Angela Coleiro has made history as the first trans woman to contest a Maltese general election, but the Nationalist Party candidate wants people to look beyond her gender.
“I would rather people judge me on my skills and capabilities rather than my gender, but for the sake of Maltese history it’s a step in the right direction for trans people to play their part in politics,” Coleiro said in an interview on Lovin Malta.
“I’m the first trans woman candidate but I’d rather people call me Angela; hopefully one day we’ll get rid of these labels.”
So who is Angela Coleiro?
Born in 1967, Coleiro has been working in broadcasting for decades, starting at the national broadcaster (back then Xandir Malta) in 1985, before presenting shows on several media outlets, including several years at the Labour Party’s media station ONE. She currently hosts a music show on NET FM, the PN’s radio station.
She says her career has helped her understand people’s concerns, describing herself as a “people’s person”.
“I don’t want people to vote for me just because I’m a trans woman,” she said.
Coleiro was in the news earlier this year when a swathe of people, believed to be PL supporters, targeted her online over her trans identity because she had criticised the government’s COVID-19 policies.
Several people, including pop star Ira Losco, stood up for Coleiro and the police’s Hate Crime Unit launched an investigation.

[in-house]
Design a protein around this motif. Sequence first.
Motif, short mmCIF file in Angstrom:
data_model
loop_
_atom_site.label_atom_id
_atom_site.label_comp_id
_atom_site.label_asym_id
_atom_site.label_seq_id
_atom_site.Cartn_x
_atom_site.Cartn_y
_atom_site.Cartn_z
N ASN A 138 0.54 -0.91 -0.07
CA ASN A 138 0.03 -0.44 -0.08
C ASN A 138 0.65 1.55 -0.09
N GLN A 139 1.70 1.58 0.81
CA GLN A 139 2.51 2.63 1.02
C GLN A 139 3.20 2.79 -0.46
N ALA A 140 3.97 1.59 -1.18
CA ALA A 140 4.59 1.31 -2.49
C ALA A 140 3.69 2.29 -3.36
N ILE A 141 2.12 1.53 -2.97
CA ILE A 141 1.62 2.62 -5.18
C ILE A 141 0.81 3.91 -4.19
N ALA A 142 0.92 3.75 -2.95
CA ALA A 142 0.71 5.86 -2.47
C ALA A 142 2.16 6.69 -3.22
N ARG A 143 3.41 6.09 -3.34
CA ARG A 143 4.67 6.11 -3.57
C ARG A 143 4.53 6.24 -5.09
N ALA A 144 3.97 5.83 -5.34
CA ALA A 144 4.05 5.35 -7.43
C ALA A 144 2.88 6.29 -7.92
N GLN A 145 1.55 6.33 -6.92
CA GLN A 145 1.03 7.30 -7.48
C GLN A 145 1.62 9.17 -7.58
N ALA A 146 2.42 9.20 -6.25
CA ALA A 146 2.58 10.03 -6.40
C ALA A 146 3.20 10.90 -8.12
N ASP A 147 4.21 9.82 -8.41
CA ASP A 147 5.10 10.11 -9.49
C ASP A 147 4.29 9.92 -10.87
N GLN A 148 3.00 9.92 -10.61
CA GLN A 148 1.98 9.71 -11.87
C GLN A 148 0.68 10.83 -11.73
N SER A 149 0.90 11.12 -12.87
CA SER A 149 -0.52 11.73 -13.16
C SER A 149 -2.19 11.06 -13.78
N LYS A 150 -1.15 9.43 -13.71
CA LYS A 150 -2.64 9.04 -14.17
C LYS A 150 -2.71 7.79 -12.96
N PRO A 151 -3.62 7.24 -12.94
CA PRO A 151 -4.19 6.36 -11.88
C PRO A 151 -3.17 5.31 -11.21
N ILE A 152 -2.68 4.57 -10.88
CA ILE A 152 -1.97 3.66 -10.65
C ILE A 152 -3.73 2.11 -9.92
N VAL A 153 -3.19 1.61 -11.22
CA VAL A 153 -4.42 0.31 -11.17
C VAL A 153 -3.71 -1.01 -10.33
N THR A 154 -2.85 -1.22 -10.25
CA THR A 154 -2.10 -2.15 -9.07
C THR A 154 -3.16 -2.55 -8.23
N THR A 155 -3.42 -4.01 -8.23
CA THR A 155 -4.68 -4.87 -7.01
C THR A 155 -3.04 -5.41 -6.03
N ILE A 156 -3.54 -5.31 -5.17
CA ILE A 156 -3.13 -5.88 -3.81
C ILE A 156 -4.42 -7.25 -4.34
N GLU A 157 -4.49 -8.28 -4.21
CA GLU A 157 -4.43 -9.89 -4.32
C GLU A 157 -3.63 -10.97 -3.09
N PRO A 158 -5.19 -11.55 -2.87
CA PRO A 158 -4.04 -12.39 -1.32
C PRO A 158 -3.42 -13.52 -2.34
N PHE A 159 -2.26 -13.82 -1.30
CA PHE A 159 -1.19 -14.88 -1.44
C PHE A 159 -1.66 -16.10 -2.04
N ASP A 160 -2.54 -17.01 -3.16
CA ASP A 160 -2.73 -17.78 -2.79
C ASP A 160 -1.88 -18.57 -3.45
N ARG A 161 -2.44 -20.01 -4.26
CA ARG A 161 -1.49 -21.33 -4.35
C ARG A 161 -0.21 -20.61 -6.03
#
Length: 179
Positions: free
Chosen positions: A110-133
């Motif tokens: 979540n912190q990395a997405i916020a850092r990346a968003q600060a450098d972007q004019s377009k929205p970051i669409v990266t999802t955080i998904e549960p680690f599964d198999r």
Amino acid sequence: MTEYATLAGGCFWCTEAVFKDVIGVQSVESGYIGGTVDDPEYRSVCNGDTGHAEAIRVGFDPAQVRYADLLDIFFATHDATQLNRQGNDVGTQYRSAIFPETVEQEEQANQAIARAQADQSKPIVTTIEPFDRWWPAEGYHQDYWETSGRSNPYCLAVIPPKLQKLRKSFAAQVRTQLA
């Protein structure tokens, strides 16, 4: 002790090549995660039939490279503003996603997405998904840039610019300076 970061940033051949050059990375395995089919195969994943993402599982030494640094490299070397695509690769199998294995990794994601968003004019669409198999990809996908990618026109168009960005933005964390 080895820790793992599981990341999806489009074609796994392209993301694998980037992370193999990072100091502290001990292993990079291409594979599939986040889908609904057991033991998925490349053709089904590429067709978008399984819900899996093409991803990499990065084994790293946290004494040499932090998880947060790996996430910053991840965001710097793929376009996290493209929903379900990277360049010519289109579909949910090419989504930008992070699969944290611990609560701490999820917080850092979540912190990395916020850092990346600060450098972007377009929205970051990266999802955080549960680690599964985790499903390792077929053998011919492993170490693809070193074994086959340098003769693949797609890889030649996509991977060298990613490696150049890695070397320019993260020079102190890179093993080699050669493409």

This month, parliamentary secretary for equality Rosianne Cutajar urged her party’s supporters to stop attacking Coleiro through sexist and homophobic comments.
“We’re not smiling at what you do. This kind of talk is of no benefit to the Labour Party, least of all a government that did its best for Malta to be at the top of the league of civil liberties,” she said.
Coleiro said these online attacks are an example of how some PL supporters “tokenise” LGBT+ people, agreeing with them so long as they praise the government but viciously attacking them when they criticise it.
“You either agree with your party and its policies [on civil liberties] or not,” she said.
Coleiro recently agreed to contest the upcoming general election on behalf of the PN, a decision she said “had a lot to do” with the party’s new leader Bernard Grech.
“Before he became leader, Bernard Grech was interviewed on my show and we spoke for a while in the studio afterwards,” she recounted. “I was immediately struck by how much he listens, how much he remembers, how approachable he is, and how much he knows what he’s doing.”
She said surveys have already shown that Grech has managed to attract previous PN voters and that she’s convinced it will soon be able to attract more floating voters and traditionally PL voters in the coming months.
“Many Labour supporters are disillusioned and disappointed by the things they saw in the Labour Party and government,” she said.
What do you make of Angela Coleiro?